I’m happy to report that it’s not New Age – but it’s also not a legitimate practice.
For those of you who never heard of it, live blood cell analysis (aka dark-field video analysis, nutritional blood analysis, vital hematology, biocytronics) relies on the use of high-resolution dark field microscopy to observe live blood cells for the purpose of diagnosing diseases.
This is an alternative practice which has no scientific evidence to support its efficacy.
The typical method used is in analyzing a patient’s blood is to take a drop from the fingertip and place it on a glass slide which is then covered by another slide to keep it moist. The slide is viewed at high magnification with a dark-field microscope that projects the image onto a television monitor so both the patient and practitioner can see the blood cells. The results are then used to prescribe vitamins, supplements or other treatments.
Stephen Barrett MD reports that most of the practitioners of live cell analysis are chiropractors, naturopaths, or bogus “nutrition consultants.”
“Although a few characteristics of blood (such as the relative size of the red cells) are observable, live cell analysts invariably misinterpret other things, such as the extent of red blood cell clumping, changes in the shape of the cells, and other artifacts that occur as the blood sample dries. Moreover, most practitioners who perform the test are not qualified to manage the problems they purport to diagnose.”
He also uncovered a history of bilking consumers by practitioners of live blood cell analysis.
“During the mid-1980s, one company marketing live-cell equipment projected that a practitioner who persuades one patient per day to embrace a supplement program based on the test would net over $60,000 per year for testing and supplement sales,” Barrett reports. “Another company estimated that with five new patients a day (22 days a month) paying $30 for the test and $50 for supplements, practitioners would gross over $100,000 per year just on initial visits.”
One of the biggest individual promoters of the testing, James R. Privitera, MD, spent 55 days in jail in 1980 for conspiring to prescribe and distribute laetrile (a bogus cancer remedy) and was only released because then California Governor Jerry Brown pardoned him. He went on to have his medical license suspended for four months by the California Board of Medical Quality Assurance who placed him on ten years’ probation. During that time he was forbidden to tell patients they had cancer unless it was confirmed by an appropriate board-certified specialist, nor was he permitted to make claims that he could cure cancer through nutrition.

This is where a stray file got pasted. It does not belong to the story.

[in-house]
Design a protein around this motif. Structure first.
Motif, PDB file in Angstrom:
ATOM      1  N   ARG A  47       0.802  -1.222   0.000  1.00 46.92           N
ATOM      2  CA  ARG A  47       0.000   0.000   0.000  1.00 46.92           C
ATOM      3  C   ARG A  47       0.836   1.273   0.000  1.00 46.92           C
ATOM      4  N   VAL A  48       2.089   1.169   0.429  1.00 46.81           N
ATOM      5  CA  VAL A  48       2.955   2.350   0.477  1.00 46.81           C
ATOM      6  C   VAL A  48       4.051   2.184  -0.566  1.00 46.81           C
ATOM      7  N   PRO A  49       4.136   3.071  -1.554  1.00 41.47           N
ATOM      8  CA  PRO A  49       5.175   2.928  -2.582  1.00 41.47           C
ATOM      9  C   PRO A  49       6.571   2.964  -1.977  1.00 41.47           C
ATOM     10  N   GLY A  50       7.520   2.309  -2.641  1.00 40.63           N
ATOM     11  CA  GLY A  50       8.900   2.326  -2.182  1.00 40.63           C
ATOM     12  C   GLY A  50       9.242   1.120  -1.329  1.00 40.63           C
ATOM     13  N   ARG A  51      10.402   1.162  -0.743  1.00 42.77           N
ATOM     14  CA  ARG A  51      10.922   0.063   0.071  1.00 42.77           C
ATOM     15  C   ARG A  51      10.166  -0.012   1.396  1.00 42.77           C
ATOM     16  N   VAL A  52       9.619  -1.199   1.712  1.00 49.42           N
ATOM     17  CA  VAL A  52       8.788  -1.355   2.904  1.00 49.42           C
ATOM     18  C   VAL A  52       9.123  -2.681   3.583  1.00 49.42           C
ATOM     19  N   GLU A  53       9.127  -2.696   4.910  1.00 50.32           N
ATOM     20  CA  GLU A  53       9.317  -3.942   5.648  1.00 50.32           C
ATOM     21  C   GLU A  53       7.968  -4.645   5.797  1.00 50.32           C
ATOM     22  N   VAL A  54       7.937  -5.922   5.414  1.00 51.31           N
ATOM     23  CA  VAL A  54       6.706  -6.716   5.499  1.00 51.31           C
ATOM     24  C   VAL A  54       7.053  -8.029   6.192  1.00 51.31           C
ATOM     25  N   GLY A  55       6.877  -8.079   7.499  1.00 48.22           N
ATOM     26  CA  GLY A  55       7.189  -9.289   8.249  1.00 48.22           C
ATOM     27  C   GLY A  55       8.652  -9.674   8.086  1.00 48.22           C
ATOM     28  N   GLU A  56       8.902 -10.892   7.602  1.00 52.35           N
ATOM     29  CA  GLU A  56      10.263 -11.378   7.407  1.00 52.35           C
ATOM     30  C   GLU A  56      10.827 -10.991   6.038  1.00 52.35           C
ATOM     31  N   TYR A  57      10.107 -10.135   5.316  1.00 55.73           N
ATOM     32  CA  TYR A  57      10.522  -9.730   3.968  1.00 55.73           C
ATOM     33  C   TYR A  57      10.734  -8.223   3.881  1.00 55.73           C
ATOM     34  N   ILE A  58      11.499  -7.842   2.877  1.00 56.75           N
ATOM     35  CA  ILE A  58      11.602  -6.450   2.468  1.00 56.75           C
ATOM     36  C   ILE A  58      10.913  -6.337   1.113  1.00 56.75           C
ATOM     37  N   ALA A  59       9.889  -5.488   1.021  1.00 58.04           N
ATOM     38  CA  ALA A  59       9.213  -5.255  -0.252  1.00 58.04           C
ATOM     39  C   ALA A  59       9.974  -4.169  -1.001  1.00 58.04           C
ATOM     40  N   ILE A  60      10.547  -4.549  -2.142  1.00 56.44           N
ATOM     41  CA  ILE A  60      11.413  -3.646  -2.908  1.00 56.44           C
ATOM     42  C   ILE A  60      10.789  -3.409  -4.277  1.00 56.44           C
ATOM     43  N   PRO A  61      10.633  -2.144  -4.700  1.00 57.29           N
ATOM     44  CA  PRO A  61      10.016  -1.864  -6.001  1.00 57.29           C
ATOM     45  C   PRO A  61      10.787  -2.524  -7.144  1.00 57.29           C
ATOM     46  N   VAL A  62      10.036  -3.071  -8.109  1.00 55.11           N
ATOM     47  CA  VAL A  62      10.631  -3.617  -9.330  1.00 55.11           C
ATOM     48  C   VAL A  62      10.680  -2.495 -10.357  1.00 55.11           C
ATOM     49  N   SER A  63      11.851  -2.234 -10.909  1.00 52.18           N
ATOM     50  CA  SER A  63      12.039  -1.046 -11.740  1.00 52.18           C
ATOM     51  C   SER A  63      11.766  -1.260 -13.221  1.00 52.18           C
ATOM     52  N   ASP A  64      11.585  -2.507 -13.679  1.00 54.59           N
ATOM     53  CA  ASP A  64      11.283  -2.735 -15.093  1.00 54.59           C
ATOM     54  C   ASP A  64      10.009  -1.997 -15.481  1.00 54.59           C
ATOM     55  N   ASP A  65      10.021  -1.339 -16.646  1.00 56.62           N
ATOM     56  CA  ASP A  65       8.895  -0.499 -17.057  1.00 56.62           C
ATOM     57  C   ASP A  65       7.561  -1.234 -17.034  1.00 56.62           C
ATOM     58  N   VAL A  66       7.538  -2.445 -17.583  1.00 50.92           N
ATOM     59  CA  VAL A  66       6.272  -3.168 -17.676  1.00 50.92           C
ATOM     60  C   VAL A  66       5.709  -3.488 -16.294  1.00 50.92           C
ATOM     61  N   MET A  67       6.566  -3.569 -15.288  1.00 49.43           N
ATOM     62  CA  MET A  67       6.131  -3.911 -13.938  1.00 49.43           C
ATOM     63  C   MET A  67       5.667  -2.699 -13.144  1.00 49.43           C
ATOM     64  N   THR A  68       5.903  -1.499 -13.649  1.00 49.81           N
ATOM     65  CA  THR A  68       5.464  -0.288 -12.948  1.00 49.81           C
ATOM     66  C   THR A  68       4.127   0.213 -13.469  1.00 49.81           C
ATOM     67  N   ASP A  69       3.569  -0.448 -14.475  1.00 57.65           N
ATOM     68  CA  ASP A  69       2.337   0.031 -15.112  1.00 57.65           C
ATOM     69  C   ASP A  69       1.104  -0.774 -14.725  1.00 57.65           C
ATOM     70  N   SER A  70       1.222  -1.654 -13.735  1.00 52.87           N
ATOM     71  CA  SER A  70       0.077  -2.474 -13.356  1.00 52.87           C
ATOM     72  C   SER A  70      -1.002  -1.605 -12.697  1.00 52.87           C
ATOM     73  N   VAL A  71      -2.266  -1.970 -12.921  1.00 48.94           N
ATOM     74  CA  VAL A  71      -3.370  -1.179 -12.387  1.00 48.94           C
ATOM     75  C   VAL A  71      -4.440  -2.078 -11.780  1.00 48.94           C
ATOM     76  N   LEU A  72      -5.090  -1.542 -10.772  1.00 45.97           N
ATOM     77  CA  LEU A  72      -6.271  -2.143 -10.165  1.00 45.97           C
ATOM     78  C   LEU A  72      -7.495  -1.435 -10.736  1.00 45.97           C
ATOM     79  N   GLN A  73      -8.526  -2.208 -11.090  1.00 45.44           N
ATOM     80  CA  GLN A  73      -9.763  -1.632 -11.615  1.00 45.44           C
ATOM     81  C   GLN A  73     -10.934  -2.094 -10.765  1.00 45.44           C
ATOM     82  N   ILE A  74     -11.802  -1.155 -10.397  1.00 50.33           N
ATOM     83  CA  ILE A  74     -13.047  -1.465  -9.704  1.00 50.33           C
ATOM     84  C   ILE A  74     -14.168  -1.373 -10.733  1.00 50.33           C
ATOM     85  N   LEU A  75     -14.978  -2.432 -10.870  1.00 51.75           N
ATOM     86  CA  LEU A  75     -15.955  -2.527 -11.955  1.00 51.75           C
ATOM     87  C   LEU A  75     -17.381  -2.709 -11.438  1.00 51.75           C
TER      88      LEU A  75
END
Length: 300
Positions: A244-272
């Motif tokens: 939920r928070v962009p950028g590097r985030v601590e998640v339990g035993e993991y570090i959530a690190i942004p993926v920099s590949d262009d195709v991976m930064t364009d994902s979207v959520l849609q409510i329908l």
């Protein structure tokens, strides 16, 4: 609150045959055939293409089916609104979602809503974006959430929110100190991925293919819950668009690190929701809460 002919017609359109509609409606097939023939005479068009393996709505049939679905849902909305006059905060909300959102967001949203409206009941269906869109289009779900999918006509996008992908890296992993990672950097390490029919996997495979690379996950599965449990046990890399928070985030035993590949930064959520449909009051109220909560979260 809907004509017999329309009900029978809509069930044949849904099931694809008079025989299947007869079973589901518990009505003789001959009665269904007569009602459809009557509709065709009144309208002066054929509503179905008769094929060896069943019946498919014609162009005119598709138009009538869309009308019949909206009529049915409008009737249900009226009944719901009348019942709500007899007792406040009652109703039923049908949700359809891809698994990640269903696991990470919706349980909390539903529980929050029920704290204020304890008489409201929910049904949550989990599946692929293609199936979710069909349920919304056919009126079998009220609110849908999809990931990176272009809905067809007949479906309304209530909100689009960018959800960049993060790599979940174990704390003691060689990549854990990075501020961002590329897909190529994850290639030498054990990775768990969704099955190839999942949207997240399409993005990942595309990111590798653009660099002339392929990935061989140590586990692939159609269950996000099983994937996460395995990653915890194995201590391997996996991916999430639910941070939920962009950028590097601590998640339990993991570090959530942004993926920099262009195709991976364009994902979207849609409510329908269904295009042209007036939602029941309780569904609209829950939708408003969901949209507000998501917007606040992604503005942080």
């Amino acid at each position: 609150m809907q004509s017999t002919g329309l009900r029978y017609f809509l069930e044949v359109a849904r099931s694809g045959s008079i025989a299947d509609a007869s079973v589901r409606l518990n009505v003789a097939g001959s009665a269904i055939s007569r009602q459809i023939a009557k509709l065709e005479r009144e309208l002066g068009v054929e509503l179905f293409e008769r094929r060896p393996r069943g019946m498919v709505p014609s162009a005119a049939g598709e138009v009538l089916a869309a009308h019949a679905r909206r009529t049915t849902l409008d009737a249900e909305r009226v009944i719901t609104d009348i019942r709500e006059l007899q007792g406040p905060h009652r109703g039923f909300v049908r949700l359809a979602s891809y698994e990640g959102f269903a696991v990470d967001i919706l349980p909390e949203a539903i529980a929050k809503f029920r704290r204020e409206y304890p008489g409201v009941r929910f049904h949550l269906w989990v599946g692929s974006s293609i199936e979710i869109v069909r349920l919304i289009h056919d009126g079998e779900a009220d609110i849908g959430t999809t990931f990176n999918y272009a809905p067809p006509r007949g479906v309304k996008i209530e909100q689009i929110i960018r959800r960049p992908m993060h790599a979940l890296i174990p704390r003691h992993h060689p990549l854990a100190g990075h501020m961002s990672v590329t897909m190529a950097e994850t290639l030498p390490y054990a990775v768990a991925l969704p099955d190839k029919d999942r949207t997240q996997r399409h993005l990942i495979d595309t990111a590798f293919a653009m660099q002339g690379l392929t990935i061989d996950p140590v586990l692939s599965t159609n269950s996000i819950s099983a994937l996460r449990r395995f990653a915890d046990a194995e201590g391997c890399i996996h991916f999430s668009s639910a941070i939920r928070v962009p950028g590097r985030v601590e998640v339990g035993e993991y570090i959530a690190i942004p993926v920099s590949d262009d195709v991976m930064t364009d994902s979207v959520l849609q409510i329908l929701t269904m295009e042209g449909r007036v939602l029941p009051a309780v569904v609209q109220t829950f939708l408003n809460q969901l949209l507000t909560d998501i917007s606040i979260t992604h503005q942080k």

Apparently, he didn’t learn his lesson and was implicated in the death of a 71 year-old woman in 1999.
“ . . . [S]he complained of a headache while in Privitera’s waiting room. Documents in the case state that Privitera prescribed 20,000 units of heparin (an anticoagulant) to be placed under the woman’s tongue, examined a blood sample with a dark-field microscope, concluded that the blood specimen showed too much tendency to clot, and prescribed another 20,000 units of heparin to be given under the patient’s skin. Soon afterward, the patient became lightheaded, vomited, and passed out. She was rushed to a hospital where it was noted that she was comatose and was bleeding from several places. She died a few hours later, apparently as a result of a massive hemorrhage inside her head.
“In 2003, the Medical Board of California charged that Privitera had (a) failed to properly evaluate the woman’s headache, (b) had no documented rationale for administering heparin, and (c) had administered an overdose. The case was settled with a stipulation under which Privitera agreed to be reprimanded, pay $5,000 for costs, and take courses in prescribing and medical recordkeeping.”
A former vice president of the National Council Against Health Fraud, James Lowell, Ph.D., also documented a demonstration of three practitioners using live cell analysis at health expositions and found that none of them took precautions to prevent the blood from clotting or drying out on the slides. They also failed to clean the slides properly between patients and provided bogus results to one patient simply because the scope was out-of-focus.
I could go on and on but I think you get the message. No matter how scientific the advertisement may sound, avoid live blood cell analysis.